Communities across Ontario are breathing “a big sigh of relief” after the province decided against forcing regional governments to amalgamate, the president of an umbrella group for municipalities said Friday.
Ontario Municipal Affairs and Housing Minister Steve Clark on Friday said the Progressive Conservative government isn’t interested in dictating local decisions, including about amalgamations.
He made the remarks at the Association of Municipalities of Ontario (AMO) fall policy conference.
“There is probably a big sigh of relief that the government is listening,” Parry Sound Mayor Jamie McGarvey, president of AMO, said after the announcement.
AMO represents all 444 municipalities in Ontario.
“We certainly prefer to be recognized as adults in the room. We have that opportunity for self-determination, and the (provincial) government is providing financial funding for those municipalities that want to take a look at modernizing, doing things better,” said McGarvey.
Clark announced Friday the province is offering up to $143 million over the next four years for municipalities to “modernize” services and look for budget savings through audits.
“Our government will not impose any changes on municipalities. There will be no forced amalgamations,” Clark said.
“We’re not going to impose a set size to a council, we’re just putting into practice what municipalities told us. There’s an incredible will out there to work with us to find these savings,” he added.
Earlier this year, Doug Ford’s government pledged to review nine regional governments – including Oxford County, Waterloo Region, and three GTA regions, among others – raising concerns about amalgamations.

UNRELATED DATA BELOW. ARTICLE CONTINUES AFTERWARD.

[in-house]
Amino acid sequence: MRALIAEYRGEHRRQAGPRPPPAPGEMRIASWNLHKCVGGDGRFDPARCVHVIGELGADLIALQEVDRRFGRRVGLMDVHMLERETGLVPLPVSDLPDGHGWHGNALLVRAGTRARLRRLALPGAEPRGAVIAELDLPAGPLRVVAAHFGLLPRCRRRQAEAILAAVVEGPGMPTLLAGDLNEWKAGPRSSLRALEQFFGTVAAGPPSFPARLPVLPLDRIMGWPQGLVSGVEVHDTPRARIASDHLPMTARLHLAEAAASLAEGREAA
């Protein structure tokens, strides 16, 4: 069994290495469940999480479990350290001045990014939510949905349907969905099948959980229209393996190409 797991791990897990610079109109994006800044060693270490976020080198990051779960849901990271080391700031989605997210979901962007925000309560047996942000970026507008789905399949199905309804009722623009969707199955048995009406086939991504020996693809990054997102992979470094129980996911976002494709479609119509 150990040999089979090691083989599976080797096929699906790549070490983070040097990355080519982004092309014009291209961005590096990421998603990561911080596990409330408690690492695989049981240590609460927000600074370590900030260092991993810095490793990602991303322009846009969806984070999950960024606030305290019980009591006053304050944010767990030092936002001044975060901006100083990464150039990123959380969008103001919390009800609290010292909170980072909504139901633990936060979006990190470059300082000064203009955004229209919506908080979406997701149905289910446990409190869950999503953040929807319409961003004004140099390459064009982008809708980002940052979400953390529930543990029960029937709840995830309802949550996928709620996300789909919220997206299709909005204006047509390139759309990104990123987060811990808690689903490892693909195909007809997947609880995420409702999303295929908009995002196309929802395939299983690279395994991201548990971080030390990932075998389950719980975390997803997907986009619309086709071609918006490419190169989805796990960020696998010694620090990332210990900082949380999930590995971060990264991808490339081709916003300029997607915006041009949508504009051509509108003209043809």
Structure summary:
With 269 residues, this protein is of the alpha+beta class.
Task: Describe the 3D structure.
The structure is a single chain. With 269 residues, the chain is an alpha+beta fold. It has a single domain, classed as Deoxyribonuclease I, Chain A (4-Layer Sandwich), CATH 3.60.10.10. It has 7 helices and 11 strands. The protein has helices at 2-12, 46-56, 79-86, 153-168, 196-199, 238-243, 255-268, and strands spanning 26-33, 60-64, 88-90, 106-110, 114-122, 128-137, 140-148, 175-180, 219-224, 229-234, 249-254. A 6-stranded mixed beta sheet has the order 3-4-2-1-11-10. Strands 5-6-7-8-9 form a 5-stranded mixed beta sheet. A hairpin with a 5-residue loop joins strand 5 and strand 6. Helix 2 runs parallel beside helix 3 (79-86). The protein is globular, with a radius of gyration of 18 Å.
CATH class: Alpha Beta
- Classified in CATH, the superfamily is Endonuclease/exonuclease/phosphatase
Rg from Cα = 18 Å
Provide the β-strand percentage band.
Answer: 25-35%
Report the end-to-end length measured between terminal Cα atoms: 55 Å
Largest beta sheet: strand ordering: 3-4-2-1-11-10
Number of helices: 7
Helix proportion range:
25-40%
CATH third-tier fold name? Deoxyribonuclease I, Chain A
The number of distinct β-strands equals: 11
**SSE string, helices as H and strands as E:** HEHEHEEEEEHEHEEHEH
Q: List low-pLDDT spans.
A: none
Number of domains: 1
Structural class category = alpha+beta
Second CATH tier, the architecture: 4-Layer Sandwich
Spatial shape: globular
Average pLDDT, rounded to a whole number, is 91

The province said the review was about making sure local governments “are efficient and accountable to their residents and businesses.
A total of 82 upper and lower-tier municipalities had been under the microscope.
Clark said more than 8,500 people and groups communicated with the province during the review, which was led by longtime former Waterloo Region chair Ken Seiling and Michael Fenn, a former provincial deputy minister and civic bureaucrat.
Asked how much the review cost, Clark said Fenn and Seiling were paid $600 a day for their work but didn’t provide a total figure.
Other key proposals shared Friday include re-aligning municipal budgets – they typically run over a calendar year – with the province’s fiscal year, which begins in April. Consultations will begin soon. That could be a game-changer for municipalities, which are often “stuck” with great financial uncertainty after passing budgets in the fall or winter before provincial changes become clear in the spring.
Clark also unveiled a plan to combine the provincial and municipal voters’ lists, a move to simplify municipal election. Creating a single list may have to be phased in over two civic elections, expected in 2022 and 2026, Clark said later.
Clark also said a provincial audit fund announced earlier this year – used by every municipality in Ontario to look for savings in their budgets – will be extended until 2023, with $6 million a year to help cities launch line-by-line reviews.